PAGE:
TOKYO, Japan - Do you want to make this year's Valentine's Day an unforgettable one? Some girls in Japan are trying to surprise their loved ones by giving chocolates molded from their faces, rather than giving a typical box full of candies.
The FabCafe, a cafe in Tokyo's Shibuya district, recently held a two-day workshop where women had their faces 3-D scanned to make silicon molds, which were then filled with chocolate to turn into little smiling heads, about a size of a thumb, ready to be eaten.
"My boyfriend might freak out when he sees my chocolate face," said Miwa Amauchi, 30, a company manager in Tokyo. "I found the workshop on Facebook and it seemed really fun. I hope he won't throw away my face," she laughed.
Hisoka Yuasa, 4, who joined the workshop with her mother, said, "I want to make more of these to surprise my friends at preschool," just before biting into her cocoa-flavored head.
The unique opportunity was provided at a cost of 6,000 yen, or nearly $65, and attracted more than 50 applicants over two days, but only 15 won the right to have the face chocolates made.
Yuji Hara, 47, president of 3-D equipment sales company K's Design Lab which jointly hosted the workshop, said, "I wanted more people to acknowledge and experience the technologies of the 3-D printer and I thought Valentine's is a good opportunity."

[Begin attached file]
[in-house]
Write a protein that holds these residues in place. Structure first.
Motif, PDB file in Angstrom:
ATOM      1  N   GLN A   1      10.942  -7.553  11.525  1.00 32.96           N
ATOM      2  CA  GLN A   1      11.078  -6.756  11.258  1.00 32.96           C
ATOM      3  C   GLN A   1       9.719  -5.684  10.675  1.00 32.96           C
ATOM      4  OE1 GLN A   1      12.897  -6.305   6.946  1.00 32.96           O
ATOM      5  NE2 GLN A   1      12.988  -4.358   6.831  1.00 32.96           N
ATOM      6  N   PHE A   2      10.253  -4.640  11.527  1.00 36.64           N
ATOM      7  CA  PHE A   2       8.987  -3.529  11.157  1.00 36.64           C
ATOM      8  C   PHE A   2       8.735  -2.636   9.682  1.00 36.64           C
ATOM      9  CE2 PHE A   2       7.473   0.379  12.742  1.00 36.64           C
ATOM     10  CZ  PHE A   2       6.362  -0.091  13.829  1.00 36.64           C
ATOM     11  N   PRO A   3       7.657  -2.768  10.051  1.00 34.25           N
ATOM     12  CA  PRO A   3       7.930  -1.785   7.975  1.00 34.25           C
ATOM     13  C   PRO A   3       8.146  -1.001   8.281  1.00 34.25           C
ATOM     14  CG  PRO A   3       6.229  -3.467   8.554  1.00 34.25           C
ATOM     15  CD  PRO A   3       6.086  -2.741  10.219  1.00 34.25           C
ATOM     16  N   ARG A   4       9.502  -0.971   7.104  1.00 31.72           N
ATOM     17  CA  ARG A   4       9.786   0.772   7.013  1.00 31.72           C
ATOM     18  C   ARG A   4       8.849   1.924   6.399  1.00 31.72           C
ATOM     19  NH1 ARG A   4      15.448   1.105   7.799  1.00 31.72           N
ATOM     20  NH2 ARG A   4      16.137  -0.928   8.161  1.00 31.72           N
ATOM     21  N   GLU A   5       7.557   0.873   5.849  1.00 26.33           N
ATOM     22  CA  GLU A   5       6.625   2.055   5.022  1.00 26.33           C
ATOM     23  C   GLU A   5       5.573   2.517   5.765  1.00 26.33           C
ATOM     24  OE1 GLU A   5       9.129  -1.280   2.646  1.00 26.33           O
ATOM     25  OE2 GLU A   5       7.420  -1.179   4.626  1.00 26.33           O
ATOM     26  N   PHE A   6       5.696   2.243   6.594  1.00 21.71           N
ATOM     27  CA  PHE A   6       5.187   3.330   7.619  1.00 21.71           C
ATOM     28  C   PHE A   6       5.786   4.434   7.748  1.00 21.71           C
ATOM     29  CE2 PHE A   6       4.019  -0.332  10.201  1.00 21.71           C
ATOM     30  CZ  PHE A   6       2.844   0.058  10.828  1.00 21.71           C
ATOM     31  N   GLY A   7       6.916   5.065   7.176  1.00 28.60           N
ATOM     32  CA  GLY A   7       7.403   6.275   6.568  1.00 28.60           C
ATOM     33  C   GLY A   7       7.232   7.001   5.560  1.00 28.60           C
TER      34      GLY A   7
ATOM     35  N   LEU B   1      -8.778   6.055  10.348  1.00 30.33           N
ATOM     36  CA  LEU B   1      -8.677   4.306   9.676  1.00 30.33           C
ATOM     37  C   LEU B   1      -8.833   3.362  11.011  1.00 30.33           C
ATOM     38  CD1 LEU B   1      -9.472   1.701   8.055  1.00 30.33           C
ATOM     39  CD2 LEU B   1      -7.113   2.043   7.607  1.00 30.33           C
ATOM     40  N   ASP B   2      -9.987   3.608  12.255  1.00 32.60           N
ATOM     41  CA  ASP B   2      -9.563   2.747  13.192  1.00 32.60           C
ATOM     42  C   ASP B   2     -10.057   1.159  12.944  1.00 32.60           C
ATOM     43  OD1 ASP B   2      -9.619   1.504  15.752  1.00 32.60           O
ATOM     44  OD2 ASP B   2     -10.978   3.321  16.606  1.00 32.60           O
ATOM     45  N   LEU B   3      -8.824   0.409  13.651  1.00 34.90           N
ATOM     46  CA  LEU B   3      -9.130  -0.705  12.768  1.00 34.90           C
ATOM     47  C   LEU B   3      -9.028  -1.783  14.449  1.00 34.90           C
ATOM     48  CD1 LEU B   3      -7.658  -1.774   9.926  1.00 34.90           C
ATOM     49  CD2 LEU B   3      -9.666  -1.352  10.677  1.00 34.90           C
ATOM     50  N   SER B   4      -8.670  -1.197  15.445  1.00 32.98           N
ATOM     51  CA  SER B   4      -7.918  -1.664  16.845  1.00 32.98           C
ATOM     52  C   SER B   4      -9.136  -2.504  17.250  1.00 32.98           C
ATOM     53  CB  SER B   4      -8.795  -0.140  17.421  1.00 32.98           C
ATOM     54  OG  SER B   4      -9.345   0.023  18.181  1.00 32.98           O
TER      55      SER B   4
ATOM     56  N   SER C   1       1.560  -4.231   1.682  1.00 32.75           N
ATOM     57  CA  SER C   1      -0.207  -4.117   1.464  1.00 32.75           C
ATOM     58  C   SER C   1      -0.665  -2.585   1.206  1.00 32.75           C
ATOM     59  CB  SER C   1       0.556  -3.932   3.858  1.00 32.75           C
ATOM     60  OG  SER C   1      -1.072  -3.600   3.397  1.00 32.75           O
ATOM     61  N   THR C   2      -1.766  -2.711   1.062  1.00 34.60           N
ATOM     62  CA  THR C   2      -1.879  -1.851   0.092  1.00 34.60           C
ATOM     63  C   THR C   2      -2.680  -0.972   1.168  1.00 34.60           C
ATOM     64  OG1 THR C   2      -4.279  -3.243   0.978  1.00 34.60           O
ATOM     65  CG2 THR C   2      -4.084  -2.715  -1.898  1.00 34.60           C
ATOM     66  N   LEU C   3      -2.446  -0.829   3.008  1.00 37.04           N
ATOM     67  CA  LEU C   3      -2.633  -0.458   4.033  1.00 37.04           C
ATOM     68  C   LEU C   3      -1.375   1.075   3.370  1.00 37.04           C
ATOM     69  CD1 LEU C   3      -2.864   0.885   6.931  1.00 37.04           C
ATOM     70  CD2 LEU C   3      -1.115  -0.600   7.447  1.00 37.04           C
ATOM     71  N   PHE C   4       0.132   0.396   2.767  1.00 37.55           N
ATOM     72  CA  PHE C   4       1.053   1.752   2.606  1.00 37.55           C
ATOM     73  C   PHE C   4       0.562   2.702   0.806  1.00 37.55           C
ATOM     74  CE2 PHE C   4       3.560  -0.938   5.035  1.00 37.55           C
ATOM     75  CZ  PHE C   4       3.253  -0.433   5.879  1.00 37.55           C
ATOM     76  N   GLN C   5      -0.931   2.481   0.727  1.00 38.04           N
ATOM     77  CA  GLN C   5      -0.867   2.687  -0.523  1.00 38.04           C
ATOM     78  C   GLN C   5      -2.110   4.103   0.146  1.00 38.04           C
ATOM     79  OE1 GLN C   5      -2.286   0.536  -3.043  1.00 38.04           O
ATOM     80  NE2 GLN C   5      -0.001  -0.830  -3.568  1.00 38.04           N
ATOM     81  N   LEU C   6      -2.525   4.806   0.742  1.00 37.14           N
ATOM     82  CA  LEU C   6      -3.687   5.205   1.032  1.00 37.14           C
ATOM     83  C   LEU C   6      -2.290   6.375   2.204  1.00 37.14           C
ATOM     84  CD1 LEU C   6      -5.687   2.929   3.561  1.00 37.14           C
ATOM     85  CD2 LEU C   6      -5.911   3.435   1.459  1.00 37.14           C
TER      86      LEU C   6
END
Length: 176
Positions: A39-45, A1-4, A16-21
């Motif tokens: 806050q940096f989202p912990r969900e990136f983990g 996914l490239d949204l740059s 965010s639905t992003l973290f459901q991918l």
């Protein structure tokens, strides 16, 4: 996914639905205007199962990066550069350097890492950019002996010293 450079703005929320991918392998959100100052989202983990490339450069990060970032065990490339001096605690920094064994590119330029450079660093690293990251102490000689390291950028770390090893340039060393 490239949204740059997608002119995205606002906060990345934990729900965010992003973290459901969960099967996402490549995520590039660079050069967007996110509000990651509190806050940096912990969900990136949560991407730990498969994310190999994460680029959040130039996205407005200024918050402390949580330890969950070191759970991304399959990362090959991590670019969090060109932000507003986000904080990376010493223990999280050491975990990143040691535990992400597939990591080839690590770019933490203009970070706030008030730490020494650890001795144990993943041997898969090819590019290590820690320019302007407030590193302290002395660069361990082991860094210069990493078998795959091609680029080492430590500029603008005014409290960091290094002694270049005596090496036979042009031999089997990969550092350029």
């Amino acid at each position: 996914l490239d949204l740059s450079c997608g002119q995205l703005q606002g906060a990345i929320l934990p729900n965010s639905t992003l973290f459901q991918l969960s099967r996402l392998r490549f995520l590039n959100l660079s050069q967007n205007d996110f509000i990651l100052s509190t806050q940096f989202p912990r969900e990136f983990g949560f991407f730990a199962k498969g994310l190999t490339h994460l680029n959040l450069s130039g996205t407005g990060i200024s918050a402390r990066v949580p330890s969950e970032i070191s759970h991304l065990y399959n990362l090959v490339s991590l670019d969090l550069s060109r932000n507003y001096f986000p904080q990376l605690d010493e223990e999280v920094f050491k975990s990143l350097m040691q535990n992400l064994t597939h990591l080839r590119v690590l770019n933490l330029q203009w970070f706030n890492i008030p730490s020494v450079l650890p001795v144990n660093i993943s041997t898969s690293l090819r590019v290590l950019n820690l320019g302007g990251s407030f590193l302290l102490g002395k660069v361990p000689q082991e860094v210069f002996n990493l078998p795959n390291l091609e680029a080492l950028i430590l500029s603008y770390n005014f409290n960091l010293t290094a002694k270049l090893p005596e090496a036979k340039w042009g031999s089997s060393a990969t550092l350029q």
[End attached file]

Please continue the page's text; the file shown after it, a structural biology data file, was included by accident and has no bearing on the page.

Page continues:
The large three-dimensional scanning machine, which is normally used to gather physical data, captures a human body and turns it into an accurate 3-D image in three to six seconds.
On Valentine's Day in Japan, it is customary for women to give chocolates to men -- not only lovers, but also to male co-workers or bosses.
The gifts are traditionally divided into two types. "Obligatory chocolate" is given to men whom a woman does not have special love for, while "true love chocolates" are for a man she cares about, such as her boyfriend or husband.
"The chocolate market in Japan is growing," said an official at Godiva Japan Inc., which sells 30% of its products to Valentine's shoppers. It also added that the custom is "a unique trend compared to other Western countries."
To draw as many candy shoppers as possible, department stores and chocolate makers hold huge campaigns across the country, some inviting famous patissiers from overseas, during the Valentine's season that usually lasts from early January to Feb. 14.
This year, the Valentine's sales spree is expected to heat up as a survey showed more money will be spent on gifts than last year.
The average budget for "true love" chocolates this year stands at 3,497 yen, up from 3,081 yen in 2012, while one person will buy an average of 10.4 boxes of "obligatory chocolates," up from 7.6 boxes, according to data based on 421 female respondents released by the Printemps Ginza department store in Tokyo.
As the women-only workshop became a hit, the organizers are planning to hold a workshop for men to make 3-D scanned gummies to give on White Day on March 14, when Japanese men customarily return a gift.